If this ever happens to you, your ability to get the bike back under control quickly could save your life. There are two simple actions that you can do if you keep a clear head:
  1. Get out of the saddle to redistribute the weight on the bike, or
  2. Squeeze your knees against the top tube of the frame
Either of these will dampen the vibration and restore stability. I urge you to visit the link below and read the entire article and WATCH THE VIDEO. It will give you a good idea of what high speed wobble looks like. It's scary.

Tip #8 – Downhill Cycling Safety
This safety tip is one that many of us have an immediate need to apply. Maybe you're not riding the great downhills on every ride, but sooner or later you will find yourself descending a road at a speed that's faster than you're used to. When that time comes, your skills may be put to the test.

A descent usually comes after a challenging climb and with it, the prize of a fast ride that rewards your hill climbing efforts.

In researching this safety tip, I came across numerous articles that I felt were too gory to share. The link below is a very helpful article that I learned a lot from. I trust that you too will pick up a few tips that will make you a safer downhill cyclist.


Tip #7 – Carry ID

As cyclists, we know (and hopefully accept) the fact that there is potential that, when we ride, something unforeseen could happen to us. Unfortunately, some members of this club have recently experienced misfortune on rides. Some were solo, and others were on a club ride. Either way, if we lose consciousness, rescuers and law enforcement need vital information about who you are, your medical profile, and who to contact (In Case of Emergency - ICE).  Also consider that the friends you ride with may not know much, if anything, about your allergies or medical history.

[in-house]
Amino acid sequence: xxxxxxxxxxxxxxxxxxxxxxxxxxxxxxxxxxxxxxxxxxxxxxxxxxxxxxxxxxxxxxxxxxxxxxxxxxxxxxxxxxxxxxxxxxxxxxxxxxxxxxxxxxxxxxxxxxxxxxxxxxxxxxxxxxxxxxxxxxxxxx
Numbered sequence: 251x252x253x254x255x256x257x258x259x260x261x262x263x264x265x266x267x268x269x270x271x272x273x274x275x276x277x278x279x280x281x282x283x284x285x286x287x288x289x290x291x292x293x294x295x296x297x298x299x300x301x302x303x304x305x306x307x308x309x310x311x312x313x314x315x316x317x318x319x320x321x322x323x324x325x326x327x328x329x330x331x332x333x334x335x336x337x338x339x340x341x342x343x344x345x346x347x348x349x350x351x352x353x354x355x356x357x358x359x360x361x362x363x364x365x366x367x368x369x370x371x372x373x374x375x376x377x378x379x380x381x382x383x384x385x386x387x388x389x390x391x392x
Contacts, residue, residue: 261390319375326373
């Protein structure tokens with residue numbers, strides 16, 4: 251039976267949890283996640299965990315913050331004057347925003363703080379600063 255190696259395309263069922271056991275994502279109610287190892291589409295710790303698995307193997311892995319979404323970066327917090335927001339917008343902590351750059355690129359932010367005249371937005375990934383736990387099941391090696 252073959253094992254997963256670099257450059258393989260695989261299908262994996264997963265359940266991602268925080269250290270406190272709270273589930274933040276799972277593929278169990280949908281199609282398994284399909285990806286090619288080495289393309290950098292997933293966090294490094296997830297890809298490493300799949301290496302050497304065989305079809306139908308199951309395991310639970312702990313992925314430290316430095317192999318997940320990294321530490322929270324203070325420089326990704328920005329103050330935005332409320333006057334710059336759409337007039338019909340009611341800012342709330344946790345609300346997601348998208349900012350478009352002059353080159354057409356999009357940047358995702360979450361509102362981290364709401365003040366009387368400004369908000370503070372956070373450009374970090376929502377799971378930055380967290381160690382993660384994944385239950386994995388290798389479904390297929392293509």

Recently, Debbie Asbjorn contacted me about a conversation that occurred during a ride that she was leading about this very fact. Debbie asked if I could check into the possibility that Road ID, the company that promotes athlete identification, might make a discount available to our club. I am pleased to report that now through June 27, 2011 (midnight), we can take 20% off the purchase of any Road ID product.


To take advantage of this discount, visit http://www.roadid.com and apply Discount Coupon Code PC5786263 to your order. Actually, there are four ways to order a Road ID product: 

1.  by going online:  www.RoadID.com  (you will enter the coupon number at the end of the ordering process…the check-out page)
2.  by calling their Customer Service Department @ 800-345-6336
3.  by mail:  Road ID, 516 Enterprise Drive, Erlanger, KY  41017
4.  by fax:   859-341-5965

I already use Road ID and wear my bracelet every time I ride, be it by myself or with the club. I will use this opportunity to pick up another bracelet.

Please see the attached ROAD ID Wear Factor write-up for your reference. This brief document goes into further detail behind the reasons why you should "never leave home without it".



Tip #6 – Riding in the Rain

Recently, 9 hearty club members took off from Holmdel Park to continue our hill climb training in preparation for this month's Bike Virginia adventure. Less than an hour earlier, our portion of Monmouth county was hit with a significant hail storm, but by 6 pm the sun returned and all looked good. But we got rained on twice nonetheless. Still, we had a wet but safe ride and returned to the park at dusk. Before our ride began, our ride leader, Don Levy, shared some important cautions that I'd like to pass on to you.

-When roads are wet, be exceptionally careful when cornering: sand becomes even more slick when it's wet.
-Allow for greater stopping distances. Rims are wet and brake calipers are less effective in these conditions. Increase your distance between you and the bike in front of you.
-Another reason for increased following distance: you'll miss a snoot-full of wheel spray (aka "rooster tail") from the front bike's rear wheel. Getting a face full of gritty water is annoying and can pose a vision hazard
-Down hill: reduce your speed. Many cyclists enjoy the exhilaration of a well-deserved descent after a challenging climb, but when the roads are wet, it's time to be conservative and cautious. Slow down.